Planetary Pulse | Chapter 2

Scepticism and the adoption of proprietary frameworks

Many asset owners feel that stricter mandatory targets are still needed to achieve real impact.

17 Nov 2023

3 minutes

Although a target-setting framework is key, the link between framework adoption and impact is unclear. While the majority (57%) of asset owners believe that using established climate-related target-setting frameworks has a real impact on emissions levels, these frameworks may constitute a roadblock. A notable minority of asset owners (34%) state that using established frameworks actively prevents investments from making a real-world impact. Moreover, 44% think their frameworks fail to support real-world impact in emerging markets.

A clear divide on impact

The view that established frameworks are preventing real-world impact could be leading to a wider adoption of proprietary target-setting frameworks. Overall, almost half of asset owners (48%) use fully or largely proprietary frameworks that are developed in-house or with the help of a consultancy for setting climate-related investment targets.

Those who believe in the effectiveness of established frameworks are more likely to follow the Science-Based Targets initiative (SBTi) framework to the letter than use a custom/proprietary framework.

Spaargaren highlights PME’s need for flexibility in choice of framework: “We are looking into SBTi because the framework is ambitious and it’s setting the baseline on how and when companies should comply with the Paris Agreement pathway,” he says. “In addition, we use the Partnership for Carbon Accounting Financials (PCAF) methods for measuring our carbon emissions. And we also comply with TCFD guidelines for our annual reporting.”

The need for greater standardisation

Interestingly, many asset owners feel that stricter mandatory targets are still needed to achieve real impact. Although several asset owners are using proprietary or consultant-developed frameworks, 43% say that there is too much discretion permitted in the selection of climate-related targets and 44% say the same about the metrics that underpin them.

“There are so many different methodologies that are allowed within these frameworks that they can produce different orders of magnitude, depending on which framework and calculation methods you go down,” says Andrew Coburn, CEO of Risilience, a consultancy specialising in climate-analytics technology.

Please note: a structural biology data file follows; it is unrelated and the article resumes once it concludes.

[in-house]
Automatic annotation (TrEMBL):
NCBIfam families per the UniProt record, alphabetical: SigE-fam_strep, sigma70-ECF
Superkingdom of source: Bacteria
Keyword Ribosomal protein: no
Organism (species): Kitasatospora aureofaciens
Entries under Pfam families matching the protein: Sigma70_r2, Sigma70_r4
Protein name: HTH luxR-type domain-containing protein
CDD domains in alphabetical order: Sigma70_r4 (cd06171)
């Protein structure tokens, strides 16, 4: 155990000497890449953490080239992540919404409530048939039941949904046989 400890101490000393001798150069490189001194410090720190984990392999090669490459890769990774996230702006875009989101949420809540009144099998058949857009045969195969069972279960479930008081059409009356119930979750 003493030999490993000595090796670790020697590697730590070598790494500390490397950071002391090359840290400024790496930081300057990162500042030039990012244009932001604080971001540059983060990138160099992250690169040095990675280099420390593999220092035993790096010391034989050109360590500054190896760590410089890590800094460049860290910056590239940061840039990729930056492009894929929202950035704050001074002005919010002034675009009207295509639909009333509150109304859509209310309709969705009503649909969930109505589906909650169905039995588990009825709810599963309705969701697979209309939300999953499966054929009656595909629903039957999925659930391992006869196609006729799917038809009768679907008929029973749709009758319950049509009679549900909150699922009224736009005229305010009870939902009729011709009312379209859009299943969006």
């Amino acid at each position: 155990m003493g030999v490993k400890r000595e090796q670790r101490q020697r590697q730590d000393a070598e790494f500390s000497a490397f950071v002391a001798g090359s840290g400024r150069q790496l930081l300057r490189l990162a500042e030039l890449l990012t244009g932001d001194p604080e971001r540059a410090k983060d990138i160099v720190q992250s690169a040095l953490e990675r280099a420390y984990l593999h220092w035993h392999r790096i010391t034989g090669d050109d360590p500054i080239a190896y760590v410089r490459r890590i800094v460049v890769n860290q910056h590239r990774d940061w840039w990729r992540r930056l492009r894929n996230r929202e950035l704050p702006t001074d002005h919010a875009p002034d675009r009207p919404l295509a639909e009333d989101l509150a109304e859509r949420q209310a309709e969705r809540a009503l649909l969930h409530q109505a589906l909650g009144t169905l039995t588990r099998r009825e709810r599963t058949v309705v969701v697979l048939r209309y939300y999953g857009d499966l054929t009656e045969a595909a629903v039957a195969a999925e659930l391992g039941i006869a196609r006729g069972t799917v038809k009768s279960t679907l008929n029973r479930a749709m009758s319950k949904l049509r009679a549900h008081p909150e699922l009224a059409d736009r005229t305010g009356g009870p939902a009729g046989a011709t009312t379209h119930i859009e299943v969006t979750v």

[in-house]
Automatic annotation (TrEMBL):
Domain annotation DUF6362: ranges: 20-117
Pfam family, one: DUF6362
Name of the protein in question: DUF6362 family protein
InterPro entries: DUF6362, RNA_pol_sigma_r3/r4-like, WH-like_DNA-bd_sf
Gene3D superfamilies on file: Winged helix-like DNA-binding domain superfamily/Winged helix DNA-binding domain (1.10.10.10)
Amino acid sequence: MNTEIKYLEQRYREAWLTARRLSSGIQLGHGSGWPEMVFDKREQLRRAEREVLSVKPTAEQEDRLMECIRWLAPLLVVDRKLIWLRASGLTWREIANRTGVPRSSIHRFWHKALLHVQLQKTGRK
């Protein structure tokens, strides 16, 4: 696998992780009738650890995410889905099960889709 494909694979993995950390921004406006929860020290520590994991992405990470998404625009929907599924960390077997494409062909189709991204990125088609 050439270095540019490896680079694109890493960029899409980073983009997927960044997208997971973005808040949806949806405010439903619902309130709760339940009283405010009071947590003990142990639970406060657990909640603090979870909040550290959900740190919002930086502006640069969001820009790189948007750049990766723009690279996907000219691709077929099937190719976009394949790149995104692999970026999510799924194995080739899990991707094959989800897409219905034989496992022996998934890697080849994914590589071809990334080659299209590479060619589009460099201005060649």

The implied frustration here suggests that asset owners may be open to a more prescriptive approach to facilitate real-world impact.

Hortense Bioy, Global Director of Sustainability Research at Morningstar, a provider of investment data, research and analytics, agrees that standardisation is required. “There is still no consensus on what companies should report on and methodologies. The lack of consistency in disclosure makes it hard to compare and analyse data across companies,” she explains. “One key metric that is still being debated is Scope 3 emissions, which are notoriously difficult to calculate. Regulators around the world are still debating whether or when to mandate Scope 3 disclosure. We think the sooner the better even if the data is imperfect.”

As Bioy explains, a standardised framework would need to incorporate forward-looking metrics that give a full picture of an investment’s future impact. Notably, this would help asset owners support a just transition in emerging markets, a highly challenging task.

“Many financial institutions are having to grapple with the concept of a just transition, and the social and economic impacts of investing in climate-aligned assets. So, how it impacts labour, social mobility, equality, migration and health, and all these other issues, which can be a side-effect or second-order impact of climate investing,” says Michael Wilkins, Executive Director and Professor of Practice, Centre for Climate Finance & Investment, at Imperial College Business School.


Next chapter:

Greater awareness of the trade-offs

Asset owners are looking to invest in high emitters with strong plans but appear worried about related returns

Read the next chapter Planetary Pulse home

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